Risk of Hiring IT Sales People

Author: John Honovich, Published on May 16, 2008

One of the sexiest but riskiest ideas in video surveillance is hiring IT sales people. It's easy to think that we are now moving into IT, the technology is new, the problems are different, the industry is being transformed. Unfortunately, it's just not the case.

In my experience, IT sales hires have been consistently poor performers. By contrast, good security sales people have been able to improve their IT skills to make a successful transition.

Here are the dangers:

1. IT sales people lack relationships in security. This cripples their ability to grow business.

2. IT sales people don't really know that much about technology so it's easier to train your existing sales people.

3. IT sales people are arrogant. Their arrogance makes them underestimate learning about security.

4. IT sales people expect to make more money than security sales people.

1 and 2 are the most critical explanations for the failures that I have seen.

Lack of Relationships:

As a sales person, your existing relationships are critical to meet your numbers. It's your biggest asset to cut down the time and costs it takes to close deals. When an IT sales person makes the transition to security, it takes them 6 months to simply figure who's who in the industry. They obviously are missing their numbers and struggle to make up for it. Say what you will about IT being the future but most deals are closed by working with security managers or security integrators. It's hard to have no relationships in these areas and win deals. Maybe if they struggle for a few years building relationships, it will eventually work but that's not a good result for either employee or employeer.

Get Video Surveillance News In Your Inbox
Get Video Surveillance News In Your Inbox

The main counterargument to this is that pucrhasing power is shifting from physical security to IT. Therefore, the value of security sales people relationships is being eliminated. If this is correct, then hiring IT sales people makes sense. However, this has been predicted for 3 years now and most industry participants (including myself) have been surprised about how slow that shift has been (e.g., the CEO of Intransa, an IT storage company, recently discussed their strategy of targeting security integrators). This is a strong indicator that this phenomenon is not as powerful as many have predicted.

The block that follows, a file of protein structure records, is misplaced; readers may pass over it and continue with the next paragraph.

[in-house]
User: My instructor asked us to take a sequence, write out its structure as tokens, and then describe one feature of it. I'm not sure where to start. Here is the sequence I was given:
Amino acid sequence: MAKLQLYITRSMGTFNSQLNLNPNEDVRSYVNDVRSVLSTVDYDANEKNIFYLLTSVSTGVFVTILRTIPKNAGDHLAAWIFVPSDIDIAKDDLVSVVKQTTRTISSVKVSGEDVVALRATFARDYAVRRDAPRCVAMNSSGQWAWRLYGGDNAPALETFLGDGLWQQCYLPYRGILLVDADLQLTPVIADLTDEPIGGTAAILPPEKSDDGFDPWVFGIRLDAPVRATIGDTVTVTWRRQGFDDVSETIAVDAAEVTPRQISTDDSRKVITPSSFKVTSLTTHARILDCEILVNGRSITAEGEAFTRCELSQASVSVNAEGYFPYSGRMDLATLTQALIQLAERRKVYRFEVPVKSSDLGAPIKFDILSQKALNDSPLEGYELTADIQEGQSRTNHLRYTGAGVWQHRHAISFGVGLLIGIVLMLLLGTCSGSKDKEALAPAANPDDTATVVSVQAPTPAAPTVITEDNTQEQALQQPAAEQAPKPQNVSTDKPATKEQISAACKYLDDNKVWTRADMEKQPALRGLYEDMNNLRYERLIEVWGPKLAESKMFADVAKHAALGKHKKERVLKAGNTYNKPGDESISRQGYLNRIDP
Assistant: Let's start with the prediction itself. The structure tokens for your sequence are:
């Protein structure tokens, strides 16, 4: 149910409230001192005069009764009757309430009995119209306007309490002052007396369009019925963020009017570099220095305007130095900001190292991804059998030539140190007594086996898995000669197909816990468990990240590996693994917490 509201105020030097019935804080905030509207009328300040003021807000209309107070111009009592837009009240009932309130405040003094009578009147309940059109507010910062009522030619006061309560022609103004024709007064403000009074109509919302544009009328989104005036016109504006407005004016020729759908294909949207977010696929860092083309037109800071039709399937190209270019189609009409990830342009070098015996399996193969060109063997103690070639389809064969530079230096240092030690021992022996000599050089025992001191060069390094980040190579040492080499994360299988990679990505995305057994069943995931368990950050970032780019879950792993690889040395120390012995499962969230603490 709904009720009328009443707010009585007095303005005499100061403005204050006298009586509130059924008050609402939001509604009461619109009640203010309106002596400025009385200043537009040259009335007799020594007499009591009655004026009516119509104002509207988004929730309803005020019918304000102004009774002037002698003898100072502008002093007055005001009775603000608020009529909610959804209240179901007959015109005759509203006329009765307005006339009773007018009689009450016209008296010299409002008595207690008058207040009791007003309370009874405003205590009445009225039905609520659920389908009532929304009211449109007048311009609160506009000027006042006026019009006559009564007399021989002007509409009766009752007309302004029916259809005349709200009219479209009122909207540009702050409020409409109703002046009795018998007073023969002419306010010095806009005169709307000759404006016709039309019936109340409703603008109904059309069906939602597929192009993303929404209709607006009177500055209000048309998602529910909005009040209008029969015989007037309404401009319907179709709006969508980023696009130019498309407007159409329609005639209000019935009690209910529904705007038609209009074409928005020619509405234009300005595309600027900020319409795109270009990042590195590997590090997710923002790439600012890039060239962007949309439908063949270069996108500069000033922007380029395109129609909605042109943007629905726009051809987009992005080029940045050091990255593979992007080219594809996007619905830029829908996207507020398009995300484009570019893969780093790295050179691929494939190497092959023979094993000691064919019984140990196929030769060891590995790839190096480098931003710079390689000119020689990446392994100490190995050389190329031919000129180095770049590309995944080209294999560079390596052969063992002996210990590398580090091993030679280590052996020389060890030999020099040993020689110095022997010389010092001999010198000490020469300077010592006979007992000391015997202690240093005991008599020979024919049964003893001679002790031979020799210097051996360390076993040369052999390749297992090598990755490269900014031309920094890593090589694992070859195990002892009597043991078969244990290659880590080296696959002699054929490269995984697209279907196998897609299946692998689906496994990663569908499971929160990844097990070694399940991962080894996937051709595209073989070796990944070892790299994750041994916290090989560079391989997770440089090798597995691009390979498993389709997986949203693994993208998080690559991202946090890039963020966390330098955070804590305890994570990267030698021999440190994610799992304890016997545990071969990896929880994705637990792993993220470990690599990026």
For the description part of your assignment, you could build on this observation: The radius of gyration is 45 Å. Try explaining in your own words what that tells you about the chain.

Secondly, I believe that what is happening is that IT is generally not making decisions but is being called in to review (a different and secondary role in the sales process). With the first generation of DVRs and access control systems, the same dynamic occurred but power returned to security managers. I believe this will repeat iself (IT influence will decline in physical security)

Lack of Technology Knowledge:

90% of sales people's technology knowledge is a bunch of acronyms and canned phrases about market trends. That's ok. It's probably preferable because sales people win deals based on relationships and knowledge about the pricing and product offerings they have. Nevertheless, this reduces the value of the IT sales person. It's fairly easy to train security sales people on IT acronyms and market trends and much cheaper than bringing in a new person who knows nothing about your products or industry. (I worked in IT/telecommunications before entering security so this is not philosophizing, it's based on direct detailed experiences.)

The main counterargument to this is that security integrators lack the technical expertise and therefore should partner with IT companies. One, security integrators have been integrating IT systems for a decade (e.g., access control and DVRs). That is not to say, security integrators are as good as IT integrators technically. However, most security integrators have a solid foundation for today's IP video systems. If you are a security integrator and need to partner, it is best to partner with a smaller IT company or an individual. The amount of technical expertise you need is small and by partnering with companies smaller than you, you keep costs down and eliminate any conflicts over who is the prime contractor on the deal.

These two are the heart of the matter. But there are two other phenomenon I have noticed that make it worse.

Often companies try to hire senior IT sales people. Generally those sales people make significantly more money than their security counterparts (whether this is an integrator or manufacturer). They expect to make the same or more when making the transition to security. This puts burden on the hiring company to justify their pay, especially when they have difficulties performing (especially in year 1 when they are learning the ropes). Moreover, senior IT people generally look down on security because it is perceived as being less sophisticated. However, their hubris undermines deals because security managers and integrators can see the IT sales person's arrogance. Similarly, it hurts the IT person from really buckling down and learning the nuances of the people, players and practices of the security market.